What is the relationship between psychedelic drugs and mental health disorders? Over 30 million Americans abuse psychedelic drugs, like LSD, psilocybin and DMT. The majority of these users are abusing the drugs to trigger a psychedelic experience or hallucination.
But, can this type of drug use lead to mental disorders and illnesses? Do these drugs contribute to the growing amount of Americans who struggle with some type of mental health issue?
We’ll explore these questions in detail here.
What Are Psychedelics?
Psychedelics are drugs that cause visual and auditory hallucinations and an altered state of mind. These drugs, also referred to as hallucinogens, may induce a heightened state of consciousness. They may also interfere with many cognitive processes. Commonly abused psychedelics include LSD, DMT, psilocybin, MDMA and mescaline.
These drugs mostly act on serotonin receptors in the brain. They can usually be separated into three distinct categories. They include:
- Dissociatives. These drugs cause a sense of derealization and depersonalization. Those who use these drugs tend to feel disconnected with the world, their surroundings and even their bodies.
- Empathogens. These drugs stimulate serotonin release. This causes the user to feel intense love and an increased state of attentiveness and awareness. These drugs can also cause audio and visual stimulation.
- Serotonergic drugs. These are your typical psychedelic drugs. They can cause drastic changes in sensory perception.
All three distinct categories act mostly on the serotonergic pathway in the brain. They may also stimulate other neurobiological pathways.
“17% of Americans between the ages of 21 and 64 abuse some sort of psychedelic drug.”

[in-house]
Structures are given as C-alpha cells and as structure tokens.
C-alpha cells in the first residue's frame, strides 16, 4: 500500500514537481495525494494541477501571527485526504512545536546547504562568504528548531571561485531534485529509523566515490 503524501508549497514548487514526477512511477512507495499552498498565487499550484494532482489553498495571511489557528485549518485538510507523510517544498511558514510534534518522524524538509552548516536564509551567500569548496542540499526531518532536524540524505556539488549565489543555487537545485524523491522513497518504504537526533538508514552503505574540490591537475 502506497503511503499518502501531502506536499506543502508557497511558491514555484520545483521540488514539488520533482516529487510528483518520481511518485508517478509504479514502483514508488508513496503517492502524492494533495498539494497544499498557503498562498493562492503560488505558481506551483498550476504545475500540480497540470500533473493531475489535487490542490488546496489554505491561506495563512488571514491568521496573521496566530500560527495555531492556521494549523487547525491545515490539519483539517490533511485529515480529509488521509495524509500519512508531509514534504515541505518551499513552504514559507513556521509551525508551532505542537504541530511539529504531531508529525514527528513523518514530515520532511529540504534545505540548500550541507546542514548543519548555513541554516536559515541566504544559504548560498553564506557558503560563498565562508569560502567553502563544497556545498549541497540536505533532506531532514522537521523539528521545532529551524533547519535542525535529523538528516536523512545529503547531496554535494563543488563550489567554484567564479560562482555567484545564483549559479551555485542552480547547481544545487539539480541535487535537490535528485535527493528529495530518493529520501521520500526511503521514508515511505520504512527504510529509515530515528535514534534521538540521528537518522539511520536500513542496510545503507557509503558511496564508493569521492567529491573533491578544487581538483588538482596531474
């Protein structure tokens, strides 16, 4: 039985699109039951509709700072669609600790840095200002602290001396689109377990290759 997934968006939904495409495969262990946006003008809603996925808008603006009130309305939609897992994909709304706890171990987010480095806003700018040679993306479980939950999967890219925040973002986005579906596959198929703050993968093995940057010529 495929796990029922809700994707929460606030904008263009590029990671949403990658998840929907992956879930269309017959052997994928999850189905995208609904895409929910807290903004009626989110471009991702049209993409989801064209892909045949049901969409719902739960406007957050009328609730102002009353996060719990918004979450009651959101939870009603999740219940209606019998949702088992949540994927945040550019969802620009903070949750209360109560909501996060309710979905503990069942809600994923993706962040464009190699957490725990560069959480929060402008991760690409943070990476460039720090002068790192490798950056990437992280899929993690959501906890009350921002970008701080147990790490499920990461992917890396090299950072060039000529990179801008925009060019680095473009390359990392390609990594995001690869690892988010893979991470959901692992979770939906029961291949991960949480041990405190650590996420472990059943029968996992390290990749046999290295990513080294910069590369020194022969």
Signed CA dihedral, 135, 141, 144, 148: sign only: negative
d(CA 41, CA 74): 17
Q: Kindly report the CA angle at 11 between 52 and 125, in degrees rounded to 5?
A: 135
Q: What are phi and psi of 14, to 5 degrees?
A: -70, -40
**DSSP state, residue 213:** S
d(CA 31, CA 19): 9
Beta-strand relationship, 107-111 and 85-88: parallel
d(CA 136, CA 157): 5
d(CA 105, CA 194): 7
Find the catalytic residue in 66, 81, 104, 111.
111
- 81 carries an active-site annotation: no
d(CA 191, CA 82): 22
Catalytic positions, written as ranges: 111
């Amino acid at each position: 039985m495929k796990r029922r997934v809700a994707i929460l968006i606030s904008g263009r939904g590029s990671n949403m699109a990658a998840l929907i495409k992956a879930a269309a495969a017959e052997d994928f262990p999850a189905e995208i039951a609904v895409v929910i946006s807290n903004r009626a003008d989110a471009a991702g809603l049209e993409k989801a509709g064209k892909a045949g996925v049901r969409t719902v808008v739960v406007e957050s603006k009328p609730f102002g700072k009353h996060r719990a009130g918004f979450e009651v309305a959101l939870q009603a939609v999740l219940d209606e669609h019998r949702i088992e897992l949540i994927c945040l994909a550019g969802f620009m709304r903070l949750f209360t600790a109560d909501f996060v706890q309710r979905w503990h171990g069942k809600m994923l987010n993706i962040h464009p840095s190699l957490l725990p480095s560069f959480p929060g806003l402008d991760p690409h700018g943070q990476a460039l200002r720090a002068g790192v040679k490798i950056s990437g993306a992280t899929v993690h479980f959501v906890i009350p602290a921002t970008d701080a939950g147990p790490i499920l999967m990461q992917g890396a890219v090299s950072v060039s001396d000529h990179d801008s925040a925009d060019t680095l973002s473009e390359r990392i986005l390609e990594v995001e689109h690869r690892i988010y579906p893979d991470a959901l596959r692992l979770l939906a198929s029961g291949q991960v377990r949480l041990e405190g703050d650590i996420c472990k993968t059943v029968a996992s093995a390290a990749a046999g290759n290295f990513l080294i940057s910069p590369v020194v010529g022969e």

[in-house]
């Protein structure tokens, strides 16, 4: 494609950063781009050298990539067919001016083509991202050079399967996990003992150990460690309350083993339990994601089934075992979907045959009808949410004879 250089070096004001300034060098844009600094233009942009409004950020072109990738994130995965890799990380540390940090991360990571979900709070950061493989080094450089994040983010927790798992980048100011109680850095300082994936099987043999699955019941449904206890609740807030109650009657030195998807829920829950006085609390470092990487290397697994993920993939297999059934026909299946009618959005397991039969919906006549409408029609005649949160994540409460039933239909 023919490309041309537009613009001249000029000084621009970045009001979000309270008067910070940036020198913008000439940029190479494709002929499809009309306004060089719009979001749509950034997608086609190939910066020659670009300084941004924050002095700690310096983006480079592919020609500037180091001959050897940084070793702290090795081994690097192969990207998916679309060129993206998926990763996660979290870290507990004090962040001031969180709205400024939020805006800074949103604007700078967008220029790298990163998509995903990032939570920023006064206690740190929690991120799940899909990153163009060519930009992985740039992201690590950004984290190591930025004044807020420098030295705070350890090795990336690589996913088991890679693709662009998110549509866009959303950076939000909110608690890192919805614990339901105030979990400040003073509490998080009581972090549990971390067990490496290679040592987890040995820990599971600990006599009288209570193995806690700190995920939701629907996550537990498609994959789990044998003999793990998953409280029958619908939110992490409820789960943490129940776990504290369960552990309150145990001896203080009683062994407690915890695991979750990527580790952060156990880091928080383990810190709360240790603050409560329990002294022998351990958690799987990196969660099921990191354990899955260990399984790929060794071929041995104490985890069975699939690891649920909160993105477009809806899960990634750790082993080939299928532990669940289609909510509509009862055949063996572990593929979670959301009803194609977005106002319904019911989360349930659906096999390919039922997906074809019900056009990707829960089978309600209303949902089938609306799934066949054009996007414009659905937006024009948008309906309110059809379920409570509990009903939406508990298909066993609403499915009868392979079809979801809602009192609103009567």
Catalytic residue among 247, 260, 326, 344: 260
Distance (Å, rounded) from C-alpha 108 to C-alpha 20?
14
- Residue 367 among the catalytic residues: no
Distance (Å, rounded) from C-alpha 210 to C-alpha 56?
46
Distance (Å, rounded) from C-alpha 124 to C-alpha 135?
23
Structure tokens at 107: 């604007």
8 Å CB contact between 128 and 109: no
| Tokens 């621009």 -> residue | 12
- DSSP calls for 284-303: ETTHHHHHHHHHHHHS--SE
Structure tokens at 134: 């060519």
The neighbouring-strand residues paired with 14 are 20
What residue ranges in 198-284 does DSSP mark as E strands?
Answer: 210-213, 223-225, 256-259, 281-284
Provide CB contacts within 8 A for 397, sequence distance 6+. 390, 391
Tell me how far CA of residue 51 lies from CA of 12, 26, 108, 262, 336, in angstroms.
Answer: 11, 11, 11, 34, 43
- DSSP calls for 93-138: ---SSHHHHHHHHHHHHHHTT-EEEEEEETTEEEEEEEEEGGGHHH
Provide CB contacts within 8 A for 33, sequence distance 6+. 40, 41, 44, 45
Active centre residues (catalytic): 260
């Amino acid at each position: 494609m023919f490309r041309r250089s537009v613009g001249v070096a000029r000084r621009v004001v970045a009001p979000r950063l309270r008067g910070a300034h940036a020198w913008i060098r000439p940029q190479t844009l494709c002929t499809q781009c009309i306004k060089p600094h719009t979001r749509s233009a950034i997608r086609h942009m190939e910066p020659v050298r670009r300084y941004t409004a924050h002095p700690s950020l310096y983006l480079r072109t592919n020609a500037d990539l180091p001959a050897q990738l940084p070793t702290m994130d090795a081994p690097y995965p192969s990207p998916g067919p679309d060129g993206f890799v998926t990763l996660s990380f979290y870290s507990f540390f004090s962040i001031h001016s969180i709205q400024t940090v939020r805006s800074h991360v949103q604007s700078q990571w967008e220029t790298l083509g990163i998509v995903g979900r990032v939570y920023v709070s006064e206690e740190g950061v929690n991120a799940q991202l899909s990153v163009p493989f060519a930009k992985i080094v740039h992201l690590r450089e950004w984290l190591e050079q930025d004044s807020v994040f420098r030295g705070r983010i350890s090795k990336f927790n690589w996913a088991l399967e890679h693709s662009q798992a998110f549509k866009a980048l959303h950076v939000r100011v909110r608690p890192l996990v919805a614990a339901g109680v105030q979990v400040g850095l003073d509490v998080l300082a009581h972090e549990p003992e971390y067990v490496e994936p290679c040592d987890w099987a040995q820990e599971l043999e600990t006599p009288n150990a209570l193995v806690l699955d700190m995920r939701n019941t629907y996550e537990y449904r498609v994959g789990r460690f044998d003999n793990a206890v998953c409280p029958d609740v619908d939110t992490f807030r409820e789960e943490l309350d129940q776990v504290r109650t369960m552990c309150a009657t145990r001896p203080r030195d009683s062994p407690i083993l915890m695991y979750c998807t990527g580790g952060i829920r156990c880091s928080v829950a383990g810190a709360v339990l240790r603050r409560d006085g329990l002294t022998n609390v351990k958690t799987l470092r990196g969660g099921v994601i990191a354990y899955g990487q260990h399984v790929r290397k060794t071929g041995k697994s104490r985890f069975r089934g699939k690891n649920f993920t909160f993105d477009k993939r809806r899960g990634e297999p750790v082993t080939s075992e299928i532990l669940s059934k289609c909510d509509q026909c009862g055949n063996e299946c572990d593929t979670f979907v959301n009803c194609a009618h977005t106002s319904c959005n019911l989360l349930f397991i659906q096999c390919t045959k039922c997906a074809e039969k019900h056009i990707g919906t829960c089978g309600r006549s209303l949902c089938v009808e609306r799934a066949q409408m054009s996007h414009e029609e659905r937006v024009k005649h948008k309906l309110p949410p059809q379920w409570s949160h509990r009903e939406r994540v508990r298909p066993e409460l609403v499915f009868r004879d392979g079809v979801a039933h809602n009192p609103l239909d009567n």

Most psychedelics are illegal and are not currently used for any FDA-approved medical purposes. With that said, many studies support findings that claim that psychedelic drugs are physiologically safe and usage of these drugs will not lead to chemical or physical dependence.
The Link Between Psychedelics and Mental Illnesses
If psychedelics can lead to a different state of mind, many people are concerned that it can cause mental illnesses. After all, it seems reasonable to think that a drug that can interfere with cognitive processes may cause users to experience anxiety, depression or a constantly altered state of mind.
The findings surrounding the link between psychedelics and mental illnesses are quite surprising. It’s not what most people would expect.
Many studies found that there was no significant link between lifetime use of psychedelics and an increased rate of any type of mental health outcomes. Those who used psychedelics were not more likely to develop a mental health disorder. In fact, the opposite appeared to be true. The use of psychedelics may actually lower the rate of mental health problems. They can reduce the severity of the symptoms of many mental issues.
But, What About the Link Between Psychedelics and Pre-Existing Mental Illnesses?
There are so many urban myths out there. Many of them claim that psychedelic use can lead to the development of mental health disorders. Studies have shown while that’s not really the case, those who have a pre-existing mental illness may be more predisposed to developing a hallucinogen-persisting perception disorder (HPPD).